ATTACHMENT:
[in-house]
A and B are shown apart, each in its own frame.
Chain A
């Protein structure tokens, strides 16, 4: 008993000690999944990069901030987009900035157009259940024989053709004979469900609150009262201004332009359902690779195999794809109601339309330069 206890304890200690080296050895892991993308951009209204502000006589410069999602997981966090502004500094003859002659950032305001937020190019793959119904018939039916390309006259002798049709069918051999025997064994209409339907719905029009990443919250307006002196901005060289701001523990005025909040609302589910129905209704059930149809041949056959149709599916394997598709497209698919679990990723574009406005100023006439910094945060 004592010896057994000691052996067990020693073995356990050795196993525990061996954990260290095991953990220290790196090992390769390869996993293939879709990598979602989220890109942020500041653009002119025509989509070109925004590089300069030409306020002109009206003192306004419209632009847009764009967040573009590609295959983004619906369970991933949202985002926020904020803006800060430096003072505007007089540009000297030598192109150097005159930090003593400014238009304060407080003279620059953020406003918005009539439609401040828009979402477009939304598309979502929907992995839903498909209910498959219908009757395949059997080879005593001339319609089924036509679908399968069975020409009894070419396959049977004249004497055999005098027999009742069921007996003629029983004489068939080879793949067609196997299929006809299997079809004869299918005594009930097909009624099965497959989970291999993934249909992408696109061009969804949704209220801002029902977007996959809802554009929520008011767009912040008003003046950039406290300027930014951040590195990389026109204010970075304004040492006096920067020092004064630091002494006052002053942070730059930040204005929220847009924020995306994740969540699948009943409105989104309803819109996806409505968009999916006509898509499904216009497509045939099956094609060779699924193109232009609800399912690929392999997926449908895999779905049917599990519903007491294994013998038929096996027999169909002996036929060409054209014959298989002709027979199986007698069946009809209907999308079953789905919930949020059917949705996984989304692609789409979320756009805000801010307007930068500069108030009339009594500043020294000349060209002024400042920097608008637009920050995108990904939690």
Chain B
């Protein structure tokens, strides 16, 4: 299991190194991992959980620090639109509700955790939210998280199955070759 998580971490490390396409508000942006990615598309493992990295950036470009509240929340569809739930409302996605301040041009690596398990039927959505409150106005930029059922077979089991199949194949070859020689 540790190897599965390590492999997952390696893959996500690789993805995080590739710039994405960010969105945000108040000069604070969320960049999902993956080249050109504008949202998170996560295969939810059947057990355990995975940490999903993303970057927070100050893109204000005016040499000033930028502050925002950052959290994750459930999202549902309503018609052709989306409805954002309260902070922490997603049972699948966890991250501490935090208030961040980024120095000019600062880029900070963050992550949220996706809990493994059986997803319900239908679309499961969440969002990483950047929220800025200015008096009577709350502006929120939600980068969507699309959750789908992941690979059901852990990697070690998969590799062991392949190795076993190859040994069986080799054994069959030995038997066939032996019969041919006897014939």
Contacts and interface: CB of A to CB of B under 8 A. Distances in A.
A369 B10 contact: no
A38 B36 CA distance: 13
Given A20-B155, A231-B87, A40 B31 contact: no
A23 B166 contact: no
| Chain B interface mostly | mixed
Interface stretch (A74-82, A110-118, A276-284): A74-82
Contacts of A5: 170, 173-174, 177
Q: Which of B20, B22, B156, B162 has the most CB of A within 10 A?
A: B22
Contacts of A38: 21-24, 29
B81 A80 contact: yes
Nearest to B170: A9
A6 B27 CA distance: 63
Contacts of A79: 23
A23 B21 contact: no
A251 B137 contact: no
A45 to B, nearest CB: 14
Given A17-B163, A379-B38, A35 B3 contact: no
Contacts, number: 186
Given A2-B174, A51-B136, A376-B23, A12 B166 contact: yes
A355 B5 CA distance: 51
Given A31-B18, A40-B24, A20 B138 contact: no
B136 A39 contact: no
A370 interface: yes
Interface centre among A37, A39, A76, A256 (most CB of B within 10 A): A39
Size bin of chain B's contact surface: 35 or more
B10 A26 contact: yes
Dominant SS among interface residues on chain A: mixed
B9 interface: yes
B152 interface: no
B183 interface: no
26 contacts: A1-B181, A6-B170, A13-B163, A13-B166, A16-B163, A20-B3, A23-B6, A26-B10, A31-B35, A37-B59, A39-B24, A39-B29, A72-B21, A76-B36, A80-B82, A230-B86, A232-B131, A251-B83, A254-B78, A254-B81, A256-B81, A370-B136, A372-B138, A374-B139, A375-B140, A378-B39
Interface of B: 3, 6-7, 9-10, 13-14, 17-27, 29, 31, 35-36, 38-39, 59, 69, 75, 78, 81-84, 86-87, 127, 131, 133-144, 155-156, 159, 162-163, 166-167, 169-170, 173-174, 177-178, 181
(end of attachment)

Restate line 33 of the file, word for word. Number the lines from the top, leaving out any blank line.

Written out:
Size bin of chain B's contact surface: 35 or more